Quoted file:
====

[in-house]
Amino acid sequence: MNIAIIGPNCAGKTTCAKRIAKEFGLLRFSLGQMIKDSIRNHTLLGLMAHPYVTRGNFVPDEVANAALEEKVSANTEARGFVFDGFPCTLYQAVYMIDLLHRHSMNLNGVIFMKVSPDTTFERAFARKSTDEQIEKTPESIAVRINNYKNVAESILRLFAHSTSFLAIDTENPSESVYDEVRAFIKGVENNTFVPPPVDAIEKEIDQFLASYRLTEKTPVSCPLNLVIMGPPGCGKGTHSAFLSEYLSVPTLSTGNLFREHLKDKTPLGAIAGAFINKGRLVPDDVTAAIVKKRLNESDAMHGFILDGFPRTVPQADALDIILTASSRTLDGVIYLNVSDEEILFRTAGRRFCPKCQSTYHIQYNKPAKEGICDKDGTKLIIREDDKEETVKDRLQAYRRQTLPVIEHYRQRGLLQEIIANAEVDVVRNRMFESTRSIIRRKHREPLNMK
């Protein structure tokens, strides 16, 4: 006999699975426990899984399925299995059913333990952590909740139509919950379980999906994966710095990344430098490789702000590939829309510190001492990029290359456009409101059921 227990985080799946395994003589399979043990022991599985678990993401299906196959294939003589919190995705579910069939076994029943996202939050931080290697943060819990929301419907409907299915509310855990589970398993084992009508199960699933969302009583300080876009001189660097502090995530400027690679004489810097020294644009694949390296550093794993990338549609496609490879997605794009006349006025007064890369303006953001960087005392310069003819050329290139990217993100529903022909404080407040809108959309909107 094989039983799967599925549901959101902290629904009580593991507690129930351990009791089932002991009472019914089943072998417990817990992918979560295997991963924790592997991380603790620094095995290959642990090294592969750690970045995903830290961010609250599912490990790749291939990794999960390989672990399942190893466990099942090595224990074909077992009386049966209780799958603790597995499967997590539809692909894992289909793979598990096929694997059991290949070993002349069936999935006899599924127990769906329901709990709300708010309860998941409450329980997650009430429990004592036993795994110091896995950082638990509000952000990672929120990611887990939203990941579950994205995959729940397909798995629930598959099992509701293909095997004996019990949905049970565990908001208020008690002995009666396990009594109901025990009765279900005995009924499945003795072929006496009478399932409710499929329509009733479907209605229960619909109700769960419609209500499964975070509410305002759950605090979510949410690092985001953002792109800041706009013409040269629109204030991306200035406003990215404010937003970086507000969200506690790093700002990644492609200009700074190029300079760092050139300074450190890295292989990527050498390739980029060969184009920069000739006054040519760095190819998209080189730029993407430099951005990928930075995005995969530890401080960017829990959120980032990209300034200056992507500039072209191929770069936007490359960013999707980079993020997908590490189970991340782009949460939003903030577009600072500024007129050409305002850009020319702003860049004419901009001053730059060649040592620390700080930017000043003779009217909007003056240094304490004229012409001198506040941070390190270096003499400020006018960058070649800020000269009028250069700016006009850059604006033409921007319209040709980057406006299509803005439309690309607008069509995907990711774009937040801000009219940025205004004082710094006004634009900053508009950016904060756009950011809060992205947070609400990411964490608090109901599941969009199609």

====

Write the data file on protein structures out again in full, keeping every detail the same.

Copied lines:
[in-house]
Amino acid sequence: MNIAIIGPNCAGKTTCAKRIAKEFGLLRFSLGQMIKDSIRNHTLLGLMAHPYVTRGNFVPDEVANAALEEKVSANTEARGFVFDGFPCTLYQAVYMIDLLHRHSMNLNGVIFMKVSPDTTFERAFARKSTDEQIEKTPESIAVRINNYKNVAESILRLFAHSTSFLAIDTENPSESVYDEVRAFIKGVENNTFVPPPVDAIEKEIDQFLASYRLTEKTPVSCPLNLVIMGPPGCGKGTHSAFLSEYLSVPTLSTGNLFREHLKDKTPLGAIAGAFINKGRLVPDDVTAAIVKKRLNESDAMHGFILDGFPRTVPQADALDIILTASSRTLDGVIYLNVSDEEILFRTAGRRFCPKCQSTYHIQYNKPAKEGICDKDGTKLIIREDDKEETVKDRLQAYRRQTLPVIEHYRQRGLLQEIIANAEVDVVRNRMFESTRSIIRRKHREPLNMK
């Protein structure tokens, strides 16, 4: 006999699975426990899984399925299995059913333990952590909740139509919950379980999906994966710095990344430098490789702000590939829309510190001492990029290359456009409101059921 227990985080799946395994003589399979043990022991599985678990993401299906196959294939003589919190995705579910069939076994029943996202939050931080290697943060819990929301419907409907299915509310855990589970398993084992009508199960699933969302009583300080876009001189660097502090995530400027690679004489810097020294644009694949390296550093794993990338549609496609490879997605794009006349006025007064890369303006953001960087005392310069003819050329290139990217993100529903022909404080407040809108959309909107 094989039983799967599925549901959101902290629904009580593991507690129930351990009791089932002991009472019914089943072998417990817990992918979560295997991963924790592997991380603790620094095995290959642990090294592969750690970045995903830290961010609250599912490990790749291939990794999960390989672990399942190893466990099942090595224990074909077992009386049966209780799958603790597995499967997590539809692909894992289909793979598990096929694997059991290949070993002349069936999935006899599924127990769906329901709990709300708010309860998941409450329980997650009430429990004592036993795994110091896995950082638990509000952000990672929120990611887990939203990941579950994205995959729940397909798995629930598959099992509701293909095997004996019990949905049970565990908001208020008690002995009666396990009594109901025990009765279900005995009924499945003795072929006496009478399932409710499929329509009733479907209605229960619909109700769960419609209500499964975070509410305002759950605090979510949410690092985001953002792109800041706009013409040269629109204030991306200035406003990215404010937003970086507000969200506690790093700002990644492609200009700074190029300079760092050139300074450190890295292989990527050498390739980029060969184009920069000739006054040519760095190819998209080189730029993407430099951005990928930075995005995969530890401080960017829990959120980032990209300034200056992507500039072209191929770069936007490359960013999707980079993020997908590490189970991340782009949460939003903030577009600072500024007129050409305002850009020319702003860049004419901009001053730059060649040592620390700080930017000043003779009217909007003056240094304490004229012409001198506040941070390190270096003499400020006018960058070649800020000269009028250069700016006009850059604006033409921007319209040709980057406006299509803005439309690309607008069509995907990711774009937040801000009219940025205004004082710094006004634009900053508009950016904060756009950011809060992205947070609400990411964490608090109901599941969009199609």